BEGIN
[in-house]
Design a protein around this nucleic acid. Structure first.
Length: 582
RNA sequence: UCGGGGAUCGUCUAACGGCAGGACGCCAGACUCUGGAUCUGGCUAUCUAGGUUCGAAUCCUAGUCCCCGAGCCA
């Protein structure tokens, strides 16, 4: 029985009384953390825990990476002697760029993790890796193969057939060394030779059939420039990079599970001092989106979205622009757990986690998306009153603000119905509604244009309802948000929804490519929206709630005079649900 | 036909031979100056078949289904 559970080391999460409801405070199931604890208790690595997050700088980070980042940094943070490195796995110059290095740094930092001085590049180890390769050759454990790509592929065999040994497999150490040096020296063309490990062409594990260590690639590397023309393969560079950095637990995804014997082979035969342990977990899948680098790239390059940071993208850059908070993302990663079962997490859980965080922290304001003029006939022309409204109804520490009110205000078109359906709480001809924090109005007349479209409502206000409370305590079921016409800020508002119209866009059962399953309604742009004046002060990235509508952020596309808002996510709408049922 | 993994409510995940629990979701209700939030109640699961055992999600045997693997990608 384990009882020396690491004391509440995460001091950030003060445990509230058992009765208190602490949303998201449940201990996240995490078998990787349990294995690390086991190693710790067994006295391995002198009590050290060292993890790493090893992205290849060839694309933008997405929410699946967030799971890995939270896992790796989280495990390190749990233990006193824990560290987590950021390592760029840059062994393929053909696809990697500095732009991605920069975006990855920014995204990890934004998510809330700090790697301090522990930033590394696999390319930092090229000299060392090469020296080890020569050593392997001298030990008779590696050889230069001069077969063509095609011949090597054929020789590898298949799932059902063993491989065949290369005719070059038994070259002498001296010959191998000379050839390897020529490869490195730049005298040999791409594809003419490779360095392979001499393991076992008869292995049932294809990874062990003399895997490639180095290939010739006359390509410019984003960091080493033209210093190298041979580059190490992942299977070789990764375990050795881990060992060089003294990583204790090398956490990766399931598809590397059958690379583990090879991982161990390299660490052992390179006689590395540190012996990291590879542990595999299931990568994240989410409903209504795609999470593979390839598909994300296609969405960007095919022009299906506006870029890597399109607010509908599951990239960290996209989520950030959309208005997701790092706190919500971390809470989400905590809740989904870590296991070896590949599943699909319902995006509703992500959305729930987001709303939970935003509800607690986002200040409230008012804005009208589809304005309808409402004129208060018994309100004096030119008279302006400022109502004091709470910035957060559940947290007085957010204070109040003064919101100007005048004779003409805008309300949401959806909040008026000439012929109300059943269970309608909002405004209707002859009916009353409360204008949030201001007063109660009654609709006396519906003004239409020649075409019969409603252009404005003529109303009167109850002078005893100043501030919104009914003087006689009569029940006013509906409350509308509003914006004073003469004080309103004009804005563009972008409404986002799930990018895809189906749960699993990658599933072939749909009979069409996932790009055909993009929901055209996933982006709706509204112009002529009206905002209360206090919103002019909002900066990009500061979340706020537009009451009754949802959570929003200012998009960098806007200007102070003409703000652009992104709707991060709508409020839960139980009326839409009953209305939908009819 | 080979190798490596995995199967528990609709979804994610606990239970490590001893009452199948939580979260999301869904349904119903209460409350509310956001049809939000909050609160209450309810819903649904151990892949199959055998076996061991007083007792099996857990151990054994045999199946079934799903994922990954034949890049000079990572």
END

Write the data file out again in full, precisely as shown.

[in-house]
Design a protein around this nucleic acid. Structure first.
Length: 582
RNA sequence: UCGGGGAUCGUCUAACGGCAGGACGCCAGACUCUGGAUCUGGCUAUCUAGGUUCGAAUCCUAGUCCCCGAGCCA
């Protein structure tokens, strides 16, 4: 029985009384953390825990990476002697760029993790890796193969057939060394030779059939420039990079599970001092989106979205622009757990986690998306009153603000119905509604244009309802948000929804490519929206709630005079649900 | 036909031979100056078949289904 559970080391999460409801405070199931604890208790690595997050700088980070980042940094943070490195796995110059290095740094930092001085590049180890390769050759454990790509592929065999040994497999150490040096020296063309490990062409594990260590690639590397023309393969560079950095637990995804014997082979035969342990977990899948680098790239390059940071993208850059908070993302990663079962997490859980965080922290304001003029006939022309409204109804520490009110205000078109359906709480001809924090109005007349479209409502206000409370305590079921016409800020508002119209866009059962399953309604742009004046002060990235509508952020596309808002996510709408049922 | 993994409510995940629990979701209700939030109640699961055992999600045997693997990608 384990009882020396690491004391509440995460001091950030003060445990509230058992009765208190602490949303998201449940201990996240995490078998990787349990294995690390086991190693710790067994006295391995002198009590050290060292993890790493090893992205290849060839694309933008997405929410699946967030799971890995939270896992790796989280495990390190749990233990006193824990560290987590950021390592760029840059062994393929053909696809990697500095732009991605920069975006990855920014995204990890934004998510809330700090790697301090522990930033590394696999390319930092090229000299060392090469020296080890020569050593392997001298030990008779590696050889230069001069077969063509095609011949090597054929020789590898298949799932059902063993491989065949290369005719070059038994070259002498001296010959191998000379050839390897020529490869490195730049005298040999791409594809003419490779360095392979001499393991076992008869292995049932294809990874062990003399895997490639180095290939010739006359390509410019984003960091080493033209210093190298041979580059190490992942299977070789990764375990050795881990060992060089003294990583204790090398956490990766399931598809590397059958690379583990090879991982161990390299660490052992390179006689590395540190012996990291590879542990595999299931990568994240989410409903209504795609999470593979390839598909994300296609969405960007095919022009299906506006870029890597399109607010509908599951990239960290996209989520950030959309208005997701790092706190919500971390809470989400905590809740989904870590296991070896590949599943699909319902995006509703992500959305729930987001709303939970935003509800607690986002200040409230008012804005009208589809304005309808409402004129208060018994309100004096030119008279302006400022109502004091709470910035957060559940947290007085957010204070109040003064919101100007005048004779003409805008309300949401959806909040008026000439012929109300059943269970309608909002405004209707002859009916009353409360204008949030201001007063109660009654609709006396519906003004239409020649075409019969409603252009404005003529109303009167109850002078005893100043501030919104009914003087006689009569029940006013509906409350509308509003914006004073003469004080309103004009804005563009972008409404986002799930990018895809189906749960699993990658599933072939749909009979069409996932790009055909993009929901055209996933982006709706509204112009002529009206905002209360206090919103002019909002900066990009500061979340706020537009009451009754949802959570929003200012998009960098806007200007102070003409703000652009992104709707991060709508409020839960139980009326839409009953209305939908009819 | 080979190798490596995995199967528990609709979804994610606990239970490590001893009452199948939580979260999301869904349904119903209460409350509310956001049809939000909050609160209450309810819903649904151990892949199959055998076996061991007083007792099996857990151990054994045999199946079934799903994922990954034949890049000079990572």